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Singlespeed & Fixed Gear "I still feel that variable gears are only for people over forty-five. Isn't it better to triumph by the strength of your muscles than by the artifice of a derailer? We are getting soft...As for me, give me a fixed gear!"-- Henri Desgrange (31 January 1865 - 16 August 1940)

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Old 08-05-07, 02:33 PM   #1
tschoenb
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cheapo wheel truing

I needed to respace my rear wheel and I am too cheap to pay a shop to true my wheel so I came up with this...





Surely its been done before though.
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Old 08-05-07, 02:34 PM   #2
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Old 08-05-07, 03:32 PM   #3
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i do something similar but with #2 pencil.
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Old 08-05-07, 04:06 PM   #4
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i just put it in the rear of a road frame and use the brake pads as guides
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Old 08-05-07, 04:10 PM   #5
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A magnetic dial guage is cheap and slightly more elegant than the caliper and clamp. An old steel fork can be used as a truing stand with a little bending.

Az
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Old 08-05-07, 06:25 PM   #6
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A magnetic dial guage is cheap and slightly more elegant than the caliper and clamp. An old steel fork can be used as a truing stand with a little bending.

Az
Yeah but don't hubs like differ in width?
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Old 08-05-07, 06:44 PM   #7
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Quote:
Originally Posted by tschoenb View Post
I needed to respace my rear wheel and I am too cheap to pay a shop to true my wheel so I came up with this...





Surely its been done before though.
I'd start off by putting a single drop of oil on each of the nippppppples just where they go through the rim…

…but you were going to do that anyway, weren't you?

- Wil
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Old 08-05-07, 06:58 PM   #8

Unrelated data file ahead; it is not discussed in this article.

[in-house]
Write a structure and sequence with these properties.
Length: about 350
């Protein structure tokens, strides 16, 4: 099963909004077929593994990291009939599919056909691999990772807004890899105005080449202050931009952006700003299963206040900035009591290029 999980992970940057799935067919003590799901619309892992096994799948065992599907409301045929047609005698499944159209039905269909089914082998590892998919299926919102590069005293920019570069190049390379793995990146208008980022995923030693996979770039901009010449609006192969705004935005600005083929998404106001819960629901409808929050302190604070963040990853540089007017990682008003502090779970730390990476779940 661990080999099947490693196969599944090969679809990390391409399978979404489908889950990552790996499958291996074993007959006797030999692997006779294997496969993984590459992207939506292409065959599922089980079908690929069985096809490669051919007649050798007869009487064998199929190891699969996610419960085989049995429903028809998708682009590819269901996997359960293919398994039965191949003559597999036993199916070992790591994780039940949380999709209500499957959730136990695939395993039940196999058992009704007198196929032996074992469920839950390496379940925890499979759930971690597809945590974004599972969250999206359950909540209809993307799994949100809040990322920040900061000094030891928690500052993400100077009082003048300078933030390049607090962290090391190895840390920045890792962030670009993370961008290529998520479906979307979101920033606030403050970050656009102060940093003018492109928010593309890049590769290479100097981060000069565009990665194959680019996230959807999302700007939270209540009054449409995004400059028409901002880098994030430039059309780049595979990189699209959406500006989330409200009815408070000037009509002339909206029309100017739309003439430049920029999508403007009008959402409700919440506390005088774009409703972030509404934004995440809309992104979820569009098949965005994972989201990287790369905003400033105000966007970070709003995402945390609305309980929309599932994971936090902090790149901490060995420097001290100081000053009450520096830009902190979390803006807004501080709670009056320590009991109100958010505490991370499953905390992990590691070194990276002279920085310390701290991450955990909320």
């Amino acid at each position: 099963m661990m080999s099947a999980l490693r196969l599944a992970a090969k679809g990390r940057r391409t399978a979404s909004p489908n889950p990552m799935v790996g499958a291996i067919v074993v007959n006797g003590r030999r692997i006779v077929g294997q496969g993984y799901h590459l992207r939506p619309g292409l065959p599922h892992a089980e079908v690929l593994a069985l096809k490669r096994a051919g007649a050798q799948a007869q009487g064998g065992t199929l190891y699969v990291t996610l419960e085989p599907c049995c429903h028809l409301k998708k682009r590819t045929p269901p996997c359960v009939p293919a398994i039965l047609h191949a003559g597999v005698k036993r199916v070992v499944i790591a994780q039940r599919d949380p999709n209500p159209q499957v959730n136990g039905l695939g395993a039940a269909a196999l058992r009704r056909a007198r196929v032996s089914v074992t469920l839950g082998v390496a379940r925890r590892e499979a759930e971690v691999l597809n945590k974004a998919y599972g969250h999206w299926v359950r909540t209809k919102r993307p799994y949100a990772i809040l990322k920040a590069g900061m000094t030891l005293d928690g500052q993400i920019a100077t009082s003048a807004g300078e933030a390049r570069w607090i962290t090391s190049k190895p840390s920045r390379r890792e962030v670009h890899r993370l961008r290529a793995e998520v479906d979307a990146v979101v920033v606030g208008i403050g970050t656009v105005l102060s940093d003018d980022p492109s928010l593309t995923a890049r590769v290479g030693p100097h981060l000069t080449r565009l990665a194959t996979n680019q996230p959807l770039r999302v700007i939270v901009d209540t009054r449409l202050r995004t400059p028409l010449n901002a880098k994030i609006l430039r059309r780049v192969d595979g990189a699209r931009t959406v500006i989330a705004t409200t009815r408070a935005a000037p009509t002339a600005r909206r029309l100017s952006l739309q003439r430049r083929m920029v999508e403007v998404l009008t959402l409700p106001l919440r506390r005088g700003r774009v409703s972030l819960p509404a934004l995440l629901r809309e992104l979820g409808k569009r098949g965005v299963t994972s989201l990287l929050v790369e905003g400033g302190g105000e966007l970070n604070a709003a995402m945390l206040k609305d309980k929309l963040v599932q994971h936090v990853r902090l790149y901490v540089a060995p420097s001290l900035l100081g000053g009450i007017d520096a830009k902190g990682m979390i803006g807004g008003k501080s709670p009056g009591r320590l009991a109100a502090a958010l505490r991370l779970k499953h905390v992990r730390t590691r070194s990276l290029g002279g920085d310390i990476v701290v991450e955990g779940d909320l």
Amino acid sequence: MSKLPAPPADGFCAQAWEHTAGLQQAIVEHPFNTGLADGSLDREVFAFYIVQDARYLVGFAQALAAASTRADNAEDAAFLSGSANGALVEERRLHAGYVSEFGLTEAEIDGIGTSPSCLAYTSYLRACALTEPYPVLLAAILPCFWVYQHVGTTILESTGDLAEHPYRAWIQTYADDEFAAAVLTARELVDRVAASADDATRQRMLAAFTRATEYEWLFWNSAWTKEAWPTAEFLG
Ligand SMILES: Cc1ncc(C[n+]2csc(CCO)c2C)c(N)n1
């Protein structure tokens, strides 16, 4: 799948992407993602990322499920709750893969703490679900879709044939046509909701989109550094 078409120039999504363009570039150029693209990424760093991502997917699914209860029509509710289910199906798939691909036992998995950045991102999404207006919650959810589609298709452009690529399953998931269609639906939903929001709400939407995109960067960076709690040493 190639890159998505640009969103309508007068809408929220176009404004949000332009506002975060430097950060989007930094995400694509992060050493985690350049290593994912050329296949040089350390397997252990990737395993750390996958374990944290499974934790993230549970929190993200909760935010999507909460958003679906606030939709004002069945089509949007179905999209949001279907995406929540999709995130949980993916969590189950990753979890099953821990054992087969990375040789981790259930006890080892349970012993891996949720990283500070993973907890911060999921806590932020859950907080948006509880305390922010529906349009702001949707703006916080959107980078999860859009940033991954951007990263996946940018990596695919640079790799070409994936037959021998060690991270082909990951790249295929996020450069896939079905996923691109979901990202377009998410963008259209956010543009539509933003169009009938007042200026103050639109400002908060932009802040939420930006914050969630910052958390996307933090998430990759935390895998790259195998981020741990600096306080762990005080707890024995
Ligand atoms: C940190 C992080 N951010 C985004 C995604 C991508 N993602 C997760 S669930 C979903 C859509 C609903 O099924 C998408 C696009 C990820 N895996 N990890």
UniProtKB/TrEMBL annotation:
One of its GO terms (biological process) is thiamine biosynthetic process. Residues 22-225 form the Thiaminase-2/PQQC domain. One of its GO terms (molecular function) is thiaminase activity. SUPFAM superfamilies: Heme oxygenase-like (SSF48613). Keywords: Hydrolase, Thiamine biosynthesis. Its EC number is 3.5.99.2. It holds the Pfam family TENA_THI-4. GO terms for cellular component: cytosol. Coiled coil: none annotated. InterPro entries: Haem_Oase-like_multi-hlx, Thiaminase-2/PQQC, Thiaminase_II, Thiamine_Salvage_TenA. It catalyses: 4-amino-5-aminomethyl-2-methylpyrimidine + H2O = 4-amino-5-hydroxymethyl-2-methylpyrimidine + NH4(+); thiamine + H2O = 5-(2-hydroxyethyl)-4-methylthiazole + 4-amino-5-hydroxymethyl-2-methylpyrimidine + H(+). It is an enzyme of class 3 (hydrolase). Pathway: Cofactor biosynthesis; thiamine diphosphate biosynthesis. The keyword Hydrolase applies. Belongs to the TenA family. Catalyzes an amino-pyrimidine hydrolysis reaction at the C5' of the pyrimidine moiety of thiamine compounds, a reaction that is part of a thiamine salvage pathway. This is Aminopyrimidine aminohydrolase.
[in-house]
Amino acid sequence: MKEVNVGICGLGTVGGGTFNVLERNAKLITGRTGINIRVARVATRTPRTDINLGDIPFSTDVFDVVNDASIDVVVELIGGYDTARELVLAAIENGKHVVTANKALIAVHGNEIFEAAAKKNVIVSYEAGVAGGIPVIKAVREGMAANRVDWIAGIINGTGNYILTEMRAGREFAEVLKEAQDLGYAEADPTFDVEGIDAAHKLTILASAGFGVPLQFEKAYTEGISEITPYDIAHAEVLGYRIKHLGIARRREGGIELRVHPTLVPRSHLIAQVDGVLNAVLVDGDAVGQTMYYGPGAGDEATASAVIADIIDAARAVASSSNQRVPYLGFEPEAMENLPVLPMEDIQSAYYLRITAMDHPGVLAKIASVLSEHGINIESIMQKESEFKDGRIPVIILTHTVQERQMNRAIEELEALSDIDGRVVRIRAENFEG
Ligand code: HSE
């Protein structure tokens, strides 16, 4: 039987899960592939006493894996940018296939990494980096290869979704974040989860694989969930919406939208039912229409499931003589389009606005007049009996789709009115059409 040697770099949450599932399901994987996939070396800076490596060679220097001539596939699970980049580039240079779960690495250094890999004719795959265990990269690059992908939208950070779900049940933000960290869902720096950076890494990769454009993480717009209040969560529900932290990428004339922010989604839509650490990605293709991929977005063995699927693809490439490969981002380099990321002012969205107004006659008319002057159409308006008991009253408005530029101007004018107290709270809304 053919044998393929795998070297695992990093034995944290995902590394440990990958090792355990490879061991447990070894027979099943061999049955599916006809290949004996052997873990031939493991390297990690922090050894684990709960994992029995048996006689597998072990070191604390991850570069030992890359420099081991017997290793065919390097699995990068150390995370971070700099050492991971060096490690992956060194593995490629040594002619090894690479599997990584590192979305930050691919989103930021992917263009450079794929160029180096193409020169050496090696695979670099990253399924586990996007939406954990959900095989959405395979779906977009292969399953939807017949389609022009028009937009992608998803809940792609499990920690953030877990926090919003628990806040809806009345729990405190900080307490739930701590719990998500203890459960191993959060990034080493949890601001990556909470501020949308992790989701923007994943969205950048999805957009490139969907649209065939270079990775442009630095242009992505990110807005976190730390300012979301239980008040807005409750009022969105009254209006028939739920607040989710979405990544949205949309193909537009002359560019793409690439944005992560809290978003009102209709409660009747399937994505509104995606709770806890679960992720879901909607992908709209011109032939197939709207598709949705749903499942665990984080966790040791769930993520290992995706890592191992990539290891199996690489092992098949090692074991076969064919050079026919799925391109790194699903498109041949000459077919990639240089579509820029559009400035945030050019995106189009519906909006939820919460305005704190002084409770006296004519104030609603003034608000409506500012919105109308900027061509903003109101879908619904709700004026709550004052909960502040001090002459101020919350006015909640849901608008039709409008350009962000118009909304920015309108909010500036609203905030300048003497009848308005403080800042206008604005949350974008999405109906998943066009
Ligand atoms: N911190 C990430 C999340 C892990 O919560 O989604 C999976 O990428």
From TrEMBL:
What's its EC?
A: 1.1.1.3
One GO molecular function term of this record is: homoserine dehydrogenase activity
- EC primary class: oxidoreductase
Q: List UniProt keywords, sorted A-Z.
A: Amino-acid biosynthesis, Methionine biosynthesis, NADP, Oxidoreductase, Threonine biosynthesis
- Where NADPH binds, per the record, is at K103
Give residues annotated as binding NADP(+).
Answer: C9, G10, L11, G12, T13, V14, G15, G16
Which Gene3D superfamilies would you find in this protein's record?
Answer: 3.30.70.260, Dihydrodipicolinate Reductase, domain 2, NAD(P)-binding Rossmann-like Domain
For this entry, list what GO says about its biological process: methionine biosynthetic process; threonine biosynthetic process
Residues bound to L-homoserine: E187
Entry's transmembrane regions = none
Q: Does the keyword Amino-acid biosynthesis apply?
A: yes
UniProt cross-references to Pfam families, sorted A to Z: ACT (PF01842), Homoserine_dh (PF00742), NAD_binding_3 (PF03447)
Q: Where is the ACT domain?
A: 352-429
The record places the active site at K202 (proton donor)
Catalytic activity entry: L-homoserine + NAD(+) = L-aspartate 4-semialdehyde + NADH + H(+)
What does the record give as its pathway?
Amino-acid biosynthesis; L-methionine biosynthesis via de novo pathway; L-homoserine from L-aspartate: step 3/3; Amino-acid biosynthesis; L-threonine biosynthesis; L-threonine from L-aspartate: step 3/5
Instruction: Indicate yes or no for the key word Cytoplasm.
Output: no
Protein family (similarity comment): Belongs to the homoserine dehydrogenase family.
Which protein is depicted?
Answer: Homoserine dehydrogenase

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Originally Posted by onetwentyeight View Post
i just put it in the rear of a road frame and use the brake pads as guides
+1
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Old 08-05-07, 07:18 PM   #9
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dude, I do the same exact thing, except that I use the other side of the micrometer, and the inside of the rear triangle next to the brake bridge.
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Old 08-05-07, 07:37 PM   #10
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I'd start off by putting a single drop of oil on each of the nippppppples just where they go through the rim…

…but you were going to do that anyway, weren't you?

- Wil
Yeah, I did that. This wheel is pretty janky to begin with. Once I burn through the tire I think I'm going to build up a new rear.
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Old 08-05-07, 07:39 PM   #11
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I use a sharpie. Slowly move it toward the spinning wheel until it starts marking the high spots, do it on each side, twist the nipples, wipe off the ink with some alcohol, and repeat as necessary. Pretty ghetto, but it works okay.
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Old 08-06-07, 02:10 PM   #12
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I use a truing stand. Works great, gives great results...I'm saving up for some pencils and sharpies, though.
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Old 08-06-07, 03:01 PM   #13
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If you are missing one or more sets of brake calipers, a pencil, your bike frame (fork or rear triangle, as appropriate) and a rubber band to keep the pencil in place is good.
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Old 08-06-07, 07:07 PM   #14
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you need the right tools man
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Old 08-06-07, 07:26 PM   #15
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Remove tire/tube. Clamp a Popsicle stick or something equally stiff onto your frame/fork below the bridge/crown so that it's only a couple of mm from the rim. Measure and mark the center, then measure the rim width and mark 1/2 of that on either side of the center mark with a thin pen or sharp pencil. You can get scary good results with this doing lateral truing, I've put wheels I've done this way on park stands and it took a dial indicator to find any deviance. You can do radial this way as well, you just have to move the stick a lot so it's hard to go back and forth between radial and lateral.
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Old 08-06-07, 07:38 PM   #16
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Originally Posted by onetwentyeight View Post
i just put it in the rear of a road frame and use the brake pads as guides
i true wheels every day like this. Practice enough and you can get the wheel dead straight. The trick is adjusting the brakes as tight as possible (before the wheel binds, but rubbing on the high spots is good) before you start.
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Old 08-07-07, 08:05 AM   #17
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That must be super accurate... I mean, you're using a micrometer.
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